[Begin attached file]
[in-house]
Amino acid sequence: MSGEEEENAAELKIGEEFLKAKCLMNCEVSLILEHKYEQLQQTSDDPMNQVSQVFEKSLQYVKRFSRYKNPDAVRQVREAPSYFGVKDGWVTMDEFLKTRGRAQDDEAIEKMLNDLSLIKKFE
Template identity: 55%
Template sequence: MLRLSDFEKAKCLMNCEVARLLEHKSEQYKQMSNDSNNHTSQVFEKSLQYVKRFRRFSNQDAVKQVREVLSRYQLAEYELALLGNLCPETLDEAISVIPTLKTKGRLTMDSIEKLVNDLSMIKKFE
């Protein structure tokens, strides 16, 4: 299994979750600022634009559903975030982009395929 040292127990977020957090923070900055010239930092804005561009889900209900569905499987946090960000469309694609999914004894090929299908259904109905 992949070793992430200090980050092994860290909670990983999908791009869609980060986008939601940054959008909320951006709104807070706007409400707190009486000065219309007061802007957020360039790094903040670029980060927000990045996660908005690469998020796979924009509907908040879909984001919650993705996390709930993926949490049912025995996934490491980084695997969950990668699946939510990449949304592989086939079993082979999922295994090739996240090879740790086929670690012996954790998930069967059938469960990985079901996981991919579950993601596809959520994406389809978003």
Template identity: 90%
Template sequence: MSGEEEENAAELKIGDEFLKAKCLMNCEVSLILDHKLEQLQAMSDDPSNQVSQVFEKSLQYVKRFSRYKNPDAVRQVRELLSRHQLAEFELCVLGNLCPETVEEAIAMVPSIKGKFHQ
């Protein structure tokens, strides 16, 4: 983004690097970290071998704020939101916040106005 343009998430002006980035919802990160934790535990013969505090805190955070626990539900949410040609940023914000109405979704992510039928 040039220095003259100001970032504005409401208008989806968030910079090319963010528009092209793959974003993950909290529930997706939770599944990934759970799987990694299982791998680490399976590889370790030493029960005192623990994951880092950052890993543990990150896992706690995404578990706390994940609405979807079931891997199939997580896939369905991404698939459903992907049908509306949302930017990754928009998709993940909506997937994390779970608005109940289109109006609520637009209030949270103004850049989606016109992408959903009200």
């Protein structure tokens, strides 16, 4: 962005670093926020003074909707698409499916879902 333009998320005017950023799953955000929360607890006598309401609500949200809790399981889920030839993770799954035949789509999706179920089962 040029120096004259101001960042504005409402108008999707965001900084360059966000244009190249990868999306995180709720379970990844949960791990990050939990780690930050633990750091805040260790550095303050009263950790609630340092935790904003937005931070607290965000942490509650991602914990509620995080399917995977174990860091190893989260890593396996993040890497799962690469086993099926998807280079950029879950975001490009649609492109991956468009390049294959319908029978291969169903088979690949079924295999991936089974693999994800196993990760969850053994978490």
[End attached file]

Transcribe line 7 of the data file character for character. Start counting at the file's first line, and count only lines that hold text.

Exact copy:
Template sequence: MSGEEEENAAELKIGDEFLKAKCLMNCEVSLILDHKLEQLQAMSDDPSNQVSQVFEKSLQYVKRFSRYKNPDAVRQVRELLSRHQLAEFELCVLGNLCPETVEEAIAMVPSIKGKFHQ